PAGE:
Put AI to Work
April 15-18, 2019
New York, NY

Schedule: Interacting with AI sessions

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2:40pm3:20pm Wednesday, April 17, 2019
Location: Regent Parlor
Secondary topics:  Computer Vision, Deep Learning and Machine Learning tools
Matt Zeiler (Clarifai)
At the core of today's problems with image classification and deep learning lies one fundamental truth: most AI systems operate by choosing the path of least resistance, not the path of highest long-term quality. Matt Zeiler discusses Clarifai's approach to closing the loop on AI and the techniques it employs to counter the AI quality regression phenomenon. Read more.
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4:05pm4:45pm Wednesday, April 17, 2019
Location: Regent Parlor
Secondary topics:  Media, Marketing, Advertising, Models and Methods, Reinforcement Learning
Kevin He (DeepMotion)
Average rating: ****.
(4.00, 1 rating)
Digital character interaction is hard to fake, whether it’s between two characters, between users and characters, or between a character and its environment. Nevertheless, interaction is central to building immersive XR experiences, robotic simulation, and user-driven entertainment. Kevin He explains how to use physical simulation and machine learning to create interactive character technology. Read more.
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4:55pm5:35pm Wednesday, April 17, 2019
Location: Regent Parlor
Secondary topics:  Deep Learning and Machine Learning tools, Reinforcement Learning
Paris Buttfield-Addison (Secret Lab), Mars Geldard (University of Tasmania), Tim Nugent (lonely.coffee)
Average rating: *****
(5.00, 7 ratings)
Games are wonderful contained problem spaces, making them great places to explore AI—even if you're not a game developer. Paris Buttfield-Addison, Mars Geldard, and Tim Nugent teach you how to use Unity to train, explore, and manipulate intelligent agents that learn. You'll train a quadruped to walk, then train it to explore, fetch, and manipulate the world. Read more.
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11:05am11:45am Thursday, April 18, 2019
Location: Trianon Ballroom
Secondary topics:  Interfaces and UX
Patrick Kaifosh (CTRL-labs)
Following the launch of CTRL-labs’s developer kit, CTRL-kit (neural interface device), Patrick Kaifosh paints a picture of a world with neural interfaces, explaining how this technology will change our lives. Patrick outlines a future where we'll be looking up at the world instead of down at our phones—and leads a live demo of CTRL-kit in action. Read more.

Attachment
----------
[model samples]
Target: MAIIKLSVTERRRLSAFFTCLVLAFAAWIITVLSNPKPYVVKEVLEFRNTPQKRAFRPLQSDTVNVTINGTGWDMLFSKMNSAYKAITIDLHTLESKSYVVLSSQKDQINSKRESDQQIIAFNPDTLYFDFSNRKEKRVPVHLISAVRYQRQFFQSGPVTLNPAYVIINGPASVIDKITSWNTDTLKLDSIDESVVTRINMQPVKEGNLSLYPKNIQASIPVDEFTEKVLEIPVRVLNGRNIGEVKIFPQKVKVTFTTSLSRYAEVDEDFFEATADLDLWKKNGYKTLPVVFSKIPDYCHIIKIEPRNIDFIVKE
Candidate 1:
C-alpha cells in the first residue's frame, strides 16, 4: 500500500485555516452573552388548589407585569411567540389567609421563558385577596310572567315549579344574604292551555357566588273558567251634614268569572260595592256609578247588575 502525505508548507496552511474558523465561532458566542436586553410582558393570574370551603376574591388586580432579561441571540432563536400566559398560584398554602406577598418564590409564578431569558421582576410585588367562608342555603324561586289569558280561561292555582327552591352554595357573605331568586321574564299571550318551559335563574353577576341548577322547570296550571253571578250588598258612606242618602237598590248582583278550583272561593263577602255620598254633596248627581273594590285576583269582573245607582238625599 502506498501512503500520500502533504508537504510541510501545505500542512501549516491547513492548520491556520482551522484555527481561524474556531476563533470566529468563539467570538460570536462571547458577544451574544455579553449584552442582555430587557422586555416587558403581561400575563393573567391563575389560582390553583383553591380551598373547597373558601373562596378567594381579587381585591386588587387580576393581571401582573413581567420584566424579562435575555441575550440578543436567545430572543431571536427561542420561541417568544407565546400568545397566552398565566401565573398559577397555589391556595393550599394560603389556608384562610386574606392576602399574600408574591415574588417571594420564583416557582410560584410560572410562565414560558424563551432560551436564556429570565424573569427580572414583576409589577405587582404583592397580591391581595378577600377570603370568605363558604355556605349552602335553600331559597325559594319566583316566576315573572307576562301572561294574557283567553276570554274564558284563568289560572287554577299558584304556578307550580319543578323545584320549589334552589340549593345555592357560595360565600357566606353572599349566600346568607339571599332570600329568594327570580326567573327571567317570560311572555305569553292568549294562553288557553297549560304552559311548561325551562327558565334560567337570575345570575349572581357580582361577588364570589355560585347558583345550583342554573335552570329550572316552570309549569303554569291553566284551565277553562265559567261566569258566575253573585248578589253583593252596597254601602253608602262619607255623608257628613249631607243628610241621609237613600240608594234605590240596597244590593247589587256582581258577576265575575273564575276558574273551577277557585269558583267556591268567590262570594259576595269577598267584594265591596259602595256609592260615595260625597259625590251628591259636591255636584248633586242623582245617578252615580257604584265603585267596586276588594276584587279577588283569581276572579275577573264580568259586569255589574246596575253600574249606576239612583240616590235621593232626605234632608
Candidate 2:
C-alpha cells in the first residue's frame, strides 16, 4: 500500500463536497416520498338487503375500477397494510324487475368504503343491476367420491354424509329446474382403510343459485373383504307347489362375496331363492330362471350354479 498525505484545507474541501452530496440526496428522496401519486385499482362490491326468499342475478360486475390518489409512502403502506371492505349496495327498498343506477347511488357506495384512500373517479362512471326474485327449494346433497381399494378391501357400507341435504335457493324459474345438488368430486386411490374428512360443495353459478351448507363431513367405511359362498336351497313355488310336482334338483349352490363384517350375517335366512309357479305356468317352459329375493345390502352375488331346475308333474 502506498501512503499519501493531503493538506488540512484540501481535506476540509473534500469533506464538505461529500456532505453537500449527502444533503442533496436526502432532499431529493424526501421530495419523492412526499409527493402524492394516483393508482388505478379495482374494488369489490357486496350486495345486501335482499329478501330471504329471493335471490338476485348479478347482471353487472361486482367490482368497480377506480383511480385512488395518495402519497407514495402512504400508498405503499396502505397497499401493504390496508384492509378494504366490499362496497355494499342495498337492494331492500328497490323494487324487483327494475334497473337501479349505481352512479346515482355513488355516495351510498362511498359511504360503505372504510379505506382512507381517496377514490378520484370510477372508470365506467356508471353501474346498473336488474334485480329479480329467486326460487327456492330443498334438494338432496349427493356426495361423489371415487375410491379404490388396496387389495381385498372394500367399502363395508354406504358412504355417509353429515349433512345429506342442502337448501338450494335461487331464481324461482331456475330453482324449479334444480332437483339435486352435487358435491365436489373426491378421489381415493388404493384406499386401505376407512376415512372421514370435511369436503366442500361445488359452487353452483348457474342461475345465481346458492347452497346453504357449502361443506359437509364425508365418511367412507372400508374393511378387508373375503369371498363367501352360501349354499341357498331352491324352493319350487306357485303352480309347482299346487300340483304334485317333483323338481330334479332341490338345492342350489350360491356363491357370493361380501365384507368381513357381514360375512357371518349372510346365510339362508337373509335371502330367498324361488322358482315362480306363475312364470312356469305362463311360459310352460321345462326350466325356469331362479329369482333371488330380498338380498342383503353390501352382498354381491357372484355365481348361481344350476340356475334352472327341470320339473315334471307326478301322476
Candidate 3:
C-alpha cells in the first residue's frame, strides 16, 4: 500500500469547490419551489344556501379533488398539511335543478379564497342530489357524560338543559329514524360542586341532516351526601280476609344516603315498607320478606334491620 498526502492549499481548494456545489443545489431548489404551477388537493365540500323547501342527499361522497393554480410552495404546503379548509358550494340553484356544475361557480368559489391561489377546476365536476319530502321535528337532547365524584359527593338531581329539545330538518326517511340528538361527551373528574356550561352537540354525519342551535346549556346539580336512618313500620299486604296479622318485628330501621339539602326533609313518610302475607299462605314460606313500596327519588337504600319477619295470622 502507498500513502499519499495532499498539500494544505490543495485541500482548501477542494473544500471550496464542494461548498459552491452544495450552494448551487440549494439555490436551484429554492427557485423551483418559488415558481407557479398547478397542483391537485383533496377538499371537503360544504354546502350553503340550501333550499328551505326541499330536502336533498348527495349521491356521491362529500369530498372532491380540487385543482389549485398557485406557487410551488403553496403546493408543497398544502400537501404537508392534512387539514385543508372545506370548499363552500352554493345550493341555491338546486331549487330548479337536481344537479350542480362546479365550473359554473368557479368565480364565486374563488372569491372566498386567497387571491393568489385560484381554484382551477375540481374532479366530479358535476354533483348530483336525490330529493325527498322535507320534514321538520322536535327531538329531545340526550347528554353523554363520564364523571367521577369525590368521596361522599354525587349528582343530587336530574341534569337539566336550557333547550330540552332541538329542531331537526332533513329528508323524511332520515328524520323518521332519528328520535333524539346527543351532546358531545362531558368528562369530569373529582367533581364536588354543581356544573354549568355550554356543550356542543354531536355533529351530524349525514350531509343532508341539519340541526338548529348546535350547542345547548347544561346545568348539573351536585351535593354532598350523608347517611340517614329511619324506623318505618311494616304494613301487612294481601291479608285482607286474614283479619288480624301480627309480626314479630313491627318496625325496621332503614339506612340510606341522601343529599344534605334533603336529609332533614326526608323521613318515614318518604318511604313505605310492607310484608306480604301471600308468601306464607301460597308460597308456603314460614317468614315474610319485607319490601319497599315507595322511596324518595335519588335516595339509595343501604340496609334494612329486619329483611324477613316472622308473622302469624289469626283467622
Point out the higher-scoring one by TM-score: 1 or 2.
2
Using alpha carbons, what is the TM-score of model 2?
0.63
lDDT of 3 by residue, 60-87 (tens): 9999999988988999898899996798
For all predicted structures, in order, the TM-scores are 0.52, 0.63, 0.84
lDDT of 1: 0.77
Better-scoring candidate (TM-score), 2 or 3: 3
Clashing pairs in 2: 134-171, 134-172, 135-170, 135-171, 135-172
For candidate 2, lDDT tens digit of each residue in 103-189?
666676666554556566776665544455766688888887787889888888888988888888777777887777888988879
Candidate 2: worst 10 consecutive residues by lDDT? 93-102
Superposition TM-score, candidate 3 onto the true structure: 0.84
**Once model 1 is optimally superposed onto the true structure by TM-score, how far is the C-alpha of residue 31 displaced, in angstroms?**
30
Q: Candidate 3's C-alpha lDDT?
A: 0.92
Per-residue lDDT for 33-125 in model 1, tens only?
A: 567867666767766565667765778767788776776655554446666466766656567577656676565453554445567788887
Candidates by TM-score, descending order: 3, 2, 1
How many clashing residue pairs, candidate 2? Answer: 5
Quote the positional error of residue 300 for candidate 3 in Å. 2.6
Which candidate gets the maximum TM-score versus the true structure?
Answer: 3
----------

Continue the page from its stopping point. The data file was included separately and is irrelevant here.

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1:00pm1:40pm Thursday, April 18, 2019
Location: Trianon Ballroom
Secondary topics:  Ethics, Privacy, and Security, Interfaces and UX
Jeff Thompson (Stevens Institute of Technology)
What's it like to be a mobile phone or to attach a wind sensor to a neural network? Jeff Thompson outlines several recent creative projects that push the tools of AI in new directions. Part technical discussion and part case study for embedding artists in technical institutions, this talk explores the ways that artists and scientists can collaborate to expand the ways that AI can be used. Read more.
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1:50pm2:30pm Thursday, April 18, 2019
Location: Regent Parlor
Secondary topics:  Ethics, Privacy, and Security, Interfaces and UX
Forough Poursabzi-Sangdeh (Microsoft Research NYC)
Average rating: ****.
(4.00, 1 rating)
Forough Poursabzi-Sangdeh argues that to understand interpretability, we need to bring humans in the loop and run human-subject experiments. She describes a set of controlled user experiments in which researchers manipulated various design factors in models that are commonly thought to make them more or less interpretable and measured their influence on users’ behavior. Read more.
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2:40pm3:20pm Thursday, April 18, 2019
Location: Regent Parlor
Secondary topics:  Computer Vision, Health and Medicine, Models and Methods, Reliability and Safety
Behrooz Hashemian (VideaHealth)
Artificial intelligence has shown great potential to revolutionize clinical medicine and healthcare delivery. However, incorporating these algorithms into clinical workflows involves a big challenge: convincing clinicians and regulators to trust a “black box” solution. Behrooz Hashemian explains how he's helping make deep neural networks interpretable to provide evidence for clinical decisions. Read more.
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4:05pm4:45pm Thursday, April 18, 2019
Location: Rendezvous
Secondary topics:  Computer Vision, Data and Data Networks, Models and Methods
Humayun irshad (Figure Eight)
Humayun Irshad offers an overview of an active learning framework that uses a crowdsourcing approach to solve parking sign recognition—a real-world problem in transportation and autonomous driving for which a large amount of unlabeled data is available. The solution generates an accurate model, quickly and cost-effectively, despite the unevenness of the data. Read more.
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4:55pm5:35pm Thursday, April 18, 2019
Location: Regent Parlor
Secondary topics:  AI case studies, Models and Methods
Baohong Sun (Horace Mann School)
Andrew Caosun discusses a framework that unifies hidden Markov models and deep learn algorithms (RNN) with modeling components that consider long-term memory and semantics of music (LSTM and convolution). It takes users' original creations as input, modifies the raw scores, and generates musically appropriate melodies. Read more.